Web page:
"...a delight to read - although I suggest you keep a box of tissues to hand!"
#3 of a series
#3 of a series
fictional saga / romance
"1943: Yorkshire is the place Lana has always called home, but it’s now filled with painful memories of her fiancé, Dickie, who was killed at sea. When she accepts the challenging position of headmistress at a school in Liverpool, she hopes a new beginning will help to mend her broken heart. Not everyone at Bingham School is happy about her arrival but Lana throws herself into the role, teaching children from the local village and the nearby Dr Barnardo’s orphanage. She thrives in her work, but soon finds herself falling for a man whom she would once have considered the enemy – and is torn between what she knows is right, and taking a risk that might see her lose everything. There are children who desperately need her help, and Lana must fight for everyone’s happiness, as well as her own. But one young girl in particular shows her that there is a way through the darkness – because even when all seems lost, there is always a glimmer of hope to be found…"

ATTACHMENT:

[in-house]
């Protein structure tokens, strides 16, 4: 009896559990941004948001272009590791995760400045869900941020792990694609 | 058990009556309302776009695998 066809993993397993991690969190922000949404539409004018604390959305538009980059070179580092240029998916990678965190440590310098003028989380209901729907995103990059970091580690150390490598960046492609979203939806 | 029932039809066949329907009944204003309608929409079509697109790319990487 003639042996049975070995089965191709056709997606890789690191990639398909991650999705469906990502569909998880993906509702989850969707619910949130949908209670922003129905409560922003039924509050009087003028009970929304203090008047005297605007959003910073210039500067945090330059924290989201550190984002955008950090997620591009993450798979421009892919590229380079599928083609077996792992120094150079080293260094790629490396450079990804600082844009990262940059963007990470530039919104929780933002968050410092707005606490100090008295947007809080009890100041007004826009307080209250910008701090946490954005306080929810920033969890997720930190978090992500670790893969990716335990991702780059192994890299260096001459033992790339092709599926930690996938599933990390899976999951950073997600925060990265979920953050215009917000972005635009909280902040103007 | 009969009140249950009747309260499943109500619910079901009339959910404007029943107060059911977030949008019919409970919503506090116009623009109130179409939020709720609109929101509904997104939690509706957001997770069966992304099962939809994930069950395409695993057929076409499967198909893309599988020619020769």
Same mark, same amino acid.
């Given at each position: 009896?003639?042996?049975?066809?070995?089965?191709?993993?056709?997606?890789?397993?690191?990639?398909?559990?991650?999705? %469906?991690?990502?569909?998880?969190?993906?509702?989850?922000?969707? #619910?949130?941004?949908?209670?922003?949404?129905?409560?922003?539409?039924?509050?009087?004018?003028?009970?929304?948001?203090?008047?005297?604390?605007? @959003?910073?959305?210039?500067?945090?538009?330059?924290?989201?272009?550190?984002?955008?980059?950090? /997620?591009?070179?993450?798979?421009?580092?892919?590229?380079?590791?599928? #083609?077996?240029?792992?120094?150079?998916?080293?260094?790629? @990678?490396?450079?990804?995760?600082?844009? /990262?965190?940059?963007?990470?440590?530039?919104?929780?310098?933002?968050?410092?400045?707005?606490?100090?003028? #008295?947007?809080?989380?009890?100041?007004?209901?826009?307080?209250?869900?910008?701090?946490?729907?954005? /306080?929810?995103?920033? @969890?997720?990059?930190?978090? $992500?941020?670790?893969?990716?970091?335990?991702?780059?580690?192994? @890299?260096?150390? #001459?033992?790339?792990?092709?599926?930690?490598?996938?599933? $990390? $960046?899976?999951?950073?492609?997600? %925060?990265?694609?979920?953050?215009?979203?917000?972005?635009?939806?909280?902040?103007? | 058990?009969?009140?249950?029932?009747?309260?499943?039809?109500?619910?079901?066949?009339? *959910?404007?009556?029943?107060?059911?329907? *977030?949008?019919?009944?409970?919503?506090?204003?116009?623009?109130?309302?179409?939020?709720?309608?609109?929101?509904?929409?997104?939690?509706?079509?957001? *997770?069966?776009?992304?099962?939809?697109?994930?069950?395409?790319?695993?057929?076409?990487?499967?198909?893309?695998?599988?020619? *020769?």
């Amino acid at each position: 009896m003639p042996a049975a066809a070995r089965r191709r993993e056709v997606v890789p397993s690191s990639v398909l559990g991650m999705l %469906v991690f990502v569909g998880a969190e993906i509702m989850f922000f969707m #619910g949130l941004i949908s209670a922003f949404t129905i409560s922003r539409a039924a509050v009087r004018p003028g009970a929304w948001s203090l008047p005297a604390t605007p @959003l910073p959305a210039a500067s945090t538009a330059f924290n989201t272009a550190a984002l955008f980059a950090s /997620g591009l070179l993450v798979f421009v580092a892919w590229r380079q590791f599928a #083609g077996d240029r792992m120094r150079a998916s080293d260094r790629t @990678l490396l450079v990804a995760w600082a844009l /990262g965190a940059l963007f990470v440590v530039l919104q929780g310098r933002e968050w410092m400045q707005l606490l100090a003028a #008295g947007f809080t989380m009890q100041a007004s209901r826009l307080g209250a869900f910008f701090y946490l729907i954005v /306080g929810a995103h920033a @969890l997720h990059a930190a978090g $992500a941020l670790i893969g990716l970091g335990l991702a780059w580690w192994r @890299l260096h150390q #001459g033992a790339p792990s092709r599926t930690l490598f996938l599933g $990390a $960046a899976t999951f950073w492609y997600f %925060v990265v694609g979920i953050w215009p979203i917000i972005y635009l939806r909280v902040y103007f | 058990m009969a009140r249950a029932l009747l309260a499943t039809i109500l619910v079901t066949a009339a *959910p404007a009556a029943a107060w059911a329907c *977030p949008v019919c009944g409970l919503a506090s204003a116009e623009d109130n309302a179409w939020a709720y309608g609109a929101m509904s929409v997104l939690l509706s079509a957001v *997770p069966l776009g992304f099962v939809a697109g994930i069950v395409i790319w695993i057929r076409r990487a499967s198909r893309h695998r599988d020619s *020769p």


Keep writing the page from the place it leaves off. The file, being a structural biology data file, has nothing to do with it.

Molly Green's series of stories based around the children of Liverpool's Dr. Barnardo Home, set during the turbulent and often traumatic years of the Second World War, are a delight to read - although I suggest you keep a box of tissues to hand!
Lana is a character to relate to with ease - you feel for her right from the start - as you do with Priscilla, the orphan girl. Both have suffered in different ways, both need to find hope and new beginnings; not easy at any time, let alone the horror and tragedies of war.
This is a heart-warming, cosy story, best read on a cold winter's afternoon with your feet up beside the fire, or maybe a duvet-day when all you want is a good book and delightful characters for company. One of the reasons that I have enjoyed this series (recommended by Discovering Diamonds!) is that, although set during the war years, and the novels do have their share of the heart-breaking side of war, on the whole they are about people, in particular women and children who had to survive those years as much as any soldier or trooper fighting on the front.
Well done Ms Green for bringing the 'everyday' so excellently to life.
© Ellen Hill
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